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Jim Kenyon: Uniform Improvements at Chittenden Regional Correctional Facility



Sunday, April 05, 2015
Forget about orange being the new black. Three years ago, Vermont’s sole prison for women was in such sorry shape that inmates weren’t even issued uniforms, orange or otherwise.

Inmates at the Chittenden Regional Correctional Facility in South Burlington had to supply their own clothing, which could be problematic if they didn’t have family or friends on the outside to outfit them. Or if they were trying to get by on the $1.50 a day they got paid for working on the inside.

As it turns out, the failure to provide inmates with basic necessities, uniforms among them, was only the beginning of Chittenden Regional’s shortcomings.

In February 2012, seven Vermont organizations that work with incarcerated women put together a 10-page report on the “disturbing conditions” at Chittenden Regional.

On the day the report became public, the prison’s superintendent resigned.

The report pointed out that the facility wasn’t originally intended to be used as a prison at all. It was built in the 1970s to temporarily hold up to 88 detainees, who were mostly awaiting trial. Forty years after opening, Chittenden Regional didn’t have nearly enough toilets for 155 women, its average daily population in 2012. Handicap access was another problem. An inmate who used a wheelchair had made it out to the yard only once in six months.

With each inmate costing Vermont taxpayers nearly $80,000 a year, the Department of Corrections could hardly claim that Chittenden Regional’s troubles stemmed from insufficient public support.

Last Monday, I took a tour of the prison with current Superintendent Ed Adams. I didn’t know it then, but representatives of the nonprofit groups that brought Chittenden Regional’s distressing conditions to light three years ago had made plans to meet with Adams and DOC Commissioner Andy Pallito a couple of days later.

I guess they were also wondering how the state was doing on its promise to make Chittenden Regional something more than a decaying warehouse where a majority of the women are serving time for drug-related crimes.

Adams, who came aboard in September 2013, told me that many of the problems outlined in the 2012 report have been addressed, including providing inmates with uniforms. (In case you’re wondering, they’re navy, teal and khaki, not orange.) But Adams acknowledged that there’s room for improvement. He singled out the kitchen and health clinic as examples of “where the building is showing its age.” And a program that teaches computer skills to help women land jobs when they get out has been slow to get up and running.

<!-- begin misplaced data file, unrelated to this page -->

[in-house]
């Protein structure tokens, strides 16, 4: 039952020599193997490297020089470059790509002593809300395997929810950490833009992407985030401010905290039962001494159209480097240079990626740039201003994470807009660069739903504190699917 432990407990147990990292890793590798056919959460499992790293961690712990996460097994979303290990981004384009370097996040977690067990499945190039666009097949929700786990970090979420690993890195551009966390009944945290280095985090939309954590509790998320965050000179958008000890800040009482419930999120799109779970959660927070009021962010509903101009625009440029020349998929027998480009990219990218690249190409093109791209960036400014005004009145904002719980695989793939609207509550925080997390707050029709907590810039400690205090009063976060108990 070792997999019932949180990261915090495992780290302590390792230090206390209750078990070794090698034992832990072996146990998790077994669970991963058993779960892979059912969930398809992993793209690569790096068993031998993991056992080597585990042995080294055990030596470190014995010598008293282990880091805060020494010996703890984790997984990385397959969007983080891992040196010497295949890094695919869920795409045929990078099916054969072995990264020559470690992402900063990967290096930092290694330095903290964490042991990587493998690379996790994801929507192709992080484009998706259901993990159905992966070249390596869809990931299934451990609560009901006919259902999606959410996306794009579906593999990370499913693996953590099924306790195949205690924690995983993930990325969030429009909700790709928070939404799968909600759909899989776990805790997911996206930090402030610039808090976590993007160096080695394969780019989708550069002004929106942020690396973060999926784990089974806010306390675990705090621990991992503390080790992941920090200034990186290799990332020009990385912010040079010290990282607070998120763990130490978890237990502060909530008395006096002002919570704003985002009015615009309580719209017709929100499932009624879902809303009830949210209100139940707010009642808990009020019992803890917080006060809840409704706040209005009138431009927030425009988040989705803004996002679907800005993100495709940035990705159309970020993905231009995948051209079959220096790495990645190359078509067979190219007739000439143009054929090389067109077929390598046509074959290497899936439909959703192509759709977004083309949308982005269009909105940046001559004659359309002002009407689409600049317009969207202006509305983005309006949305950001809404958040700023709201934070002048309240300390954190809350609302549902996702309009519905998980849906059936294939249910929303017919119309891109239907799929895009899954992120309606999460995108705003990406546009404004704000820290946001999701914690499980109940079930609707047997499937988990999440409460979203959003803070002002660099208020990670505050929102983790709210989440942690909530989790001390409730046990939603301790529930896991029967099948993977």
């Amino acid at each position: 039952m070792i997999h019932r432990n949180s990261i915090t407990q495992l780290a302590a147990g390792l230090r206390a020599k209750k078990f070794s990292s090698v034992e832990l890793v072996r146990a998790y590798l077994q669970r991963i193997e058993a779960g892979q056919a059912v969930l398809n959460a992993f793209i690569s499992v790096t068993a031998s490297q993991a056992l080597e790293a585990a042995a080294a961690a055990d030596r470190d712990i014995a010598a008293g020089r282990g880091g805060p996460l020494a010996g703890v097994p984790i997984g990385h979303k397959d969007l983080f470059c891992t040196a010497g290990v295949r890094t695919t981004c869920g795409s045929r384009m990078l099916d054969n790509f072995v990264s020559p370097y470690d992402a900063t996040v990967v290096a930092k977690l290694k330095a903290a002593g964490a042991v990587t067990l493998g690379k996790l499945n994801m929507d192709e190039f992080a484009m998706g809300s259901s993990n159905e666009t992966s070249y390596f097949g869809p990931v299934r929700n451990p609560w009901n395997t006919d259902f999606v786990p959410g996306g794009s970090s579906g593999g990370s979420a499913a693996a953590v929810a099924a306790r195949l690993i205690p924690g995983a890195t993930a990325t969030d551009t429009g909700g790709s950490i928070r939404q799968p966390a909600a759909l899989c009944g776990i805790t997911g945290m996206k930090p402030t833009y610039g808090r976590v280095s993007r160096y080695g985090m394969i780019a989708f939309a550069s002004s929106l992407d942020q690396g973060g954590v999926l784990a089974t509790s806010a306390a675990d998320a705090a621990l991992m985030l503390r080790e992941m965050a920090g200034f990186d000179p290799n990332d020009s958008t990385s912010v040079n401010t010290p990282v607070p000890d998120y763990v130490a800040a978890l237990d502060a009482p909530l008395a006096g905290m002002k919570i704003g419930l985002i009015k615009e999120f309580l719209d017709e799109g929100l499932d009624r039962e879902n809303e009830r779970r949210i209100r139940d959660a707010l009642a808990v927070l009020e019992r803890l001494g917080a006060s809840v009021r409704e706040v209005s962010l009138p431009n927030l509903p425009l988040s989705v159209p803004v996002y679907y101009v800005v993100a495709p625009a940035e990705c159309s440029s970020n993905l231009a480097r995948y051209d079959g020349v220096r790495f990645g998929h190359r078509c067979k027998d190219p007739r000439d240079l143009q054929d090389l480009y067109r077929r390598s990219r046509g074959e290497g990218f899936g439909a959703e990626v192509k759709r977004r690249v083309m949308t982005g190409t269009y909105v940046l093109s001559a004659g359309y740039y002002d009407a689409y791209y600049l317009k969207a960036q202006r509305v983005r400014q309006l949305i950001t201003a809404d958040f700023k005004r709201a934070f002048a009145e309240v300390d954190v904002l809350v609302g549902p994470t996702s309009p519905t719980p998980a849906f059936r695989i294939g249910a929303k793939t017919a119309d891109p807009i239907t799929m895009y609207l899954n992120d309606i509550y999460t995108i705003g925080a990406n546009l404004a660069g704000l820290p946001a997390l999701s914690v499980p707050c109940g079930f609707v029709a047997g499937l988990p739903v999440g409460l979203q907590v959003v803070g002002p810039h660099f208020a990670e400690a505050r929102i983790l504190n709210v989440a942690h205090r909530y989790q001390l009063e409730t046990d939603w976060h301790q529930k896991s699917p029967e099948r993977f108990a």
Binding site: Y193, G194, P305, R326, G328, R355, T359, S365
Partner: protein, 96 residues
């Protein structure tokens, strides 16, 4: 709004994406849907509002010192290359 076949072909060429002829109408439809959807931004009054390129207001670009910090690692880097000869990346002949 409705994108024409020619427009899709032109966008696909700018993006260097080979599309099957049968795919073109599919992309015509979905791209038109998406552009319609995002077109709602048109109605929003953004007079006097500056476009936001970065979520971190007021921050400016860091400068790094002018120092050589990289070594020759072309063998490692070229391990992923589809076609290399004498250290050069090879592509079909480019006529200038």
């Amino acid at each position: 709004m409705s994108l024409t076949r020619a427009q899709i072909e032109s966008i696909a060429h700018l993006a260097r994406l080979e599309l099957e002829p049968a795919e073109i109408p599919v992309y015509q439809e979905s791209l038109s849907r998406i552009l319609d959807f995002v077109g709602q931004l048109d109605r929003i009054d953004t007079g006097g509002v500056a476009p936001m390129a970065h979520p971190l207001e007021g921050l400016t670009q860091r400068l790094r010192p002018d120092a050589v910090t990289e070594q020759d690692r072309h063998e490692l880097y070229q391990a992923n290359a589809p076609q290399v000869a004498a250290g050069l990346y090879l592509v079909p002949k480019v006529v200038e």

Why does any of this matter?

Partly to make sure taxpayers are getting their money’s worth. Last year, Chittenden Regional’s total expenditures came to $13.4 million, or $81,000 per inmate. At the state’s six prisons for men, the average cost was $60,517. (Nearly 500 men were also locked up in private out-of-state of prisons that cost about $26,000 per inmate.)

One reason that Chittenden Regional is by far the state’s most costly prison on a per-inmate basis is lack of “economy of scale,” said Adams. There are also medical expenses not found in men’s prisons. Last month, Chittenden Regional was housing six inmates who were pregnant.

Dolly Fleming is executive director of Mercy Connections, a Burlington nonprofit organization that mentors incarcerated women. She’s part of the group behind the 2012 report. She’d still prefer Vermont find alternatives to putting nonviolent offenders behind bars, but came away from last Wednesday’s meeting thinking that Chittenden Regional is moving in the right direction with Adams at the helm. Adams, 44, seems to have a “genuine desire to improve the culture of the facility,” she told me. “He’s created a calmer environment.”

Adams’ way up the DOC ladder included a stint as a parole officer, which I imagine gives him a better understanding of the challenges — finding a decent job being at the top of the list — that former inmates face on the outside.

He’s also changed the prison’s approach to substance abuse, which often plays a role in women winding up at Chittenden Regional in the first place. He ramped up random drug testing to 100 inmates a month. A year ago, 38 percent of inmates were failing their tests. In the past, that meant they automatically went into the “hole,” prison jargon for solitary confinement, for five to 10 days. During that time, inmates are kept in their cells for 23 hours a day.

With more than one in three women failing their drug tests, the threat of being sent to the hole “didn’t seem to me to be that effective of a deterrent,” said Adams.

Now, after failing a drug test, an inmate is offered a deal: Quickly admit to using and you can avoid solitary confinement. Instead inmates go temporarily into a cell block with other drug offenders where privileges are restricted. (Women caught dealing drugs — “trying to make a quick buck off somebody else’s addiction,” as Adams put it — still face solitary confinement.)

Along with confessing, inmates must agree to meet with a substance abuse counselor from Phoenix House, the nonprofit organization that provides treatment services inside the prison. That can be a first step to recovery.

“They are making sincere efforts to do alternative things,” said Fleming, voicing an often-heard concern that solitary confinement can take a serious toll on someone battling mental illness.

Chittenden Regional’s monthly failed drug test rate is down to 16 percent, less than half what it was a year ago. Adams doesn’t pretend the less punitive, more therapeutic approach is the only reason, but the results are “what I’m most proud of,” he said.

Even more than inmate uniforms.



Jim Kenyon can be reached at jkenyon@vnews.com